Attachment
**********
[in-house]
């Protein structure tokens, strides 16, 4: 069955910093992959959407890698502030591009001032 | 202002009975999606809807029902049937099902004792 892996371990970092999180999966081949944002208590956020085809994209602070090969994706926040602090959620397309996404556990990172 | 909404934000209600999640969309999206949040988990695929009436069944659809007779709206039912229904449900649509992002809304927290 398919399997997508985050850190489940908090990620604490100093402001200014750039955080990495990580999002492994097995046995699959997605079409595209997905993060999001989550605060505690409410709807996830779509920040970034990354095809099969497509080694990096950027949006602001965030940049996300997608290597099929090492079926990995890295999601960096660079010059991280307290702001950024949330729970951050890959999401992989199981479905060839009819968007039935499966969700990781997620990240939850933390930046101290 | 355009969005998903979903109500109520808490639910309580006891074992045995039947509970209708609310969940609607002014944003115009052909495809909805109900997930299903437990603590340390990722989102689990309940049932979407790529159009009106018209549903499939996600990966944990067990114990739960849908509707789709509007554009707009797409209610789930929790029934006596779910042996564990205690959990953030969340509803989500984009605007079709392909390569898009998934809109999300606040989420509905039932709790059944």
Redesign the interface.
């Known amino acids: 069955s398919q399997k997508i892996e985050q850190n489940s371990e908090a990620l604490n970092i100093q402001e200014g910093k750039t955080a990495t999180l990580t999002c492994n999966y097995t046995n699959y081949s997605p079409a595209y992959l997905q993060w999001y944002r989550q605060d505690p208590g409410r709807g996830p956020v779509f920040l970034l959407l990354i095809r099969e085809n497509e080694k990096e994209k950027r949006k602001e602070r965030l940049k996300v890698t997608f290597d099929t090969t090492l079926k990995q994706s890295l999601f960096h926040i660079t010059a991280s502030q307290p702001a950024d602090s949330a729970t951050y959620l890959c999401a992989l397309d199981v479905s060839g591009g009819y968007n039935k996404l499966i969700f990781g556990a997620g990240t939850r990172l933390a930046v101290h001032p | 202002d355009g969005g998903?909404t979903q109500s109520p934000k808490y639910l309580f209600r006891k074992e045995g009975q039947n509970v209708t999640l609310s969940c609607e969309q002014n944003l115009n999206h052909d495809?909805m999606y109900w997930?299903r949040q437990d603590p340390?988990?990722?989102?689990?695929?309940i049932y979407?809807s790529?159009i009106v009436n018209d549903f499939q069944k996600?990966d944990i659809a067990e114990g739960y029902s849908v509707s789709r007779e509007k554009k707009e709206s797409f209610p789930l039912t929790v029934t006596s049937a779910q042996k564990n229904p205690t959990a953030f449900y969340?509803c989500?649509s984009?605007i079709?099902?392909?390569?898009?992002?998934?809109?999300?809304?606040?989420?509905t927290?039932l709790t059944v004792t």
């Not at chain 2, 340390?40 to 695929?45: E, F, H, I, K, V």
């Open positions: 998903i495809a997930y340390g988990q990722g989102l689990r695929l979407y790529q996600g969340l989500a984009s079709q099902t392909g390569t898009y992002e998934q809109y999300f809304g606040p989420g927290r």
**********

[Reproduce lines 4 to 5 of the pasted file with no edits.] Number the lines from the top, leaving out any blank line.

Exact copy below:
């Known amino acids: 069955s398919q399997k997508i892996e985050q850190n489940s371990e908090a990620l604490n970092i100093q402001e200014g910093k750039t955080a990495t999180l990580t999002c492994n999966y097995t046995n699959y081949s997605p079409a595209y992959l997905q993060w999001y944002r989550q605060d505690p208590g409410r709807g996830p956020v779509f920040l970034l959407l990354i095809r099969e085809n497509e080694k990096e994209k950027r949006k602001e602070r965030l940049k996300v890698t997608f290597d099929t090969t090492l079926k990995q994706s890295l999601f960096h926040i660079t010059a991280s502030q307290p702001a950024d602090s949330a729970t951050y959620l890959c999401a992989l397309d199981v479905s060839g591009g009819y968007n039935k996404l499966i969700f990781g556990a997620g990240t939850r990172l933390a930046v101290h001032p | 202002d355009g969005g998903?909404t979903q109500s109520p934000k808490y639910l309580f209600r006891k074992e045995g009975q039947n509970v209708t999640l609310s969940c609607e969309q002014n944003l115009n999206h052909d495809?909805m999606y109900w997930?299903r949040q437990d603590p340390?988990?990722?989102?689990?695929?309940i049932y979407?809807s790529?159009i009106v009436n018209d549903f499939q069944k996600?990966d944990i659809a067990e114990g739960y029902s849908v509707s789709r007779e509007k554009k707009e709206s797409f209610p789930l039912t929790v029934t006596s049937a779910q042996k564990n229904p205690t959990a953030f449900y969340?509803c989500?649509s984009?605007i079709?099902?392909?390569?898009?992002?998934?809109?999300?809304?606040?989420?509905t927290?039932l709790t059944v004792t």
């Not at chain 2, 340390?40 to 695929?45: E, F, H, I, K, V």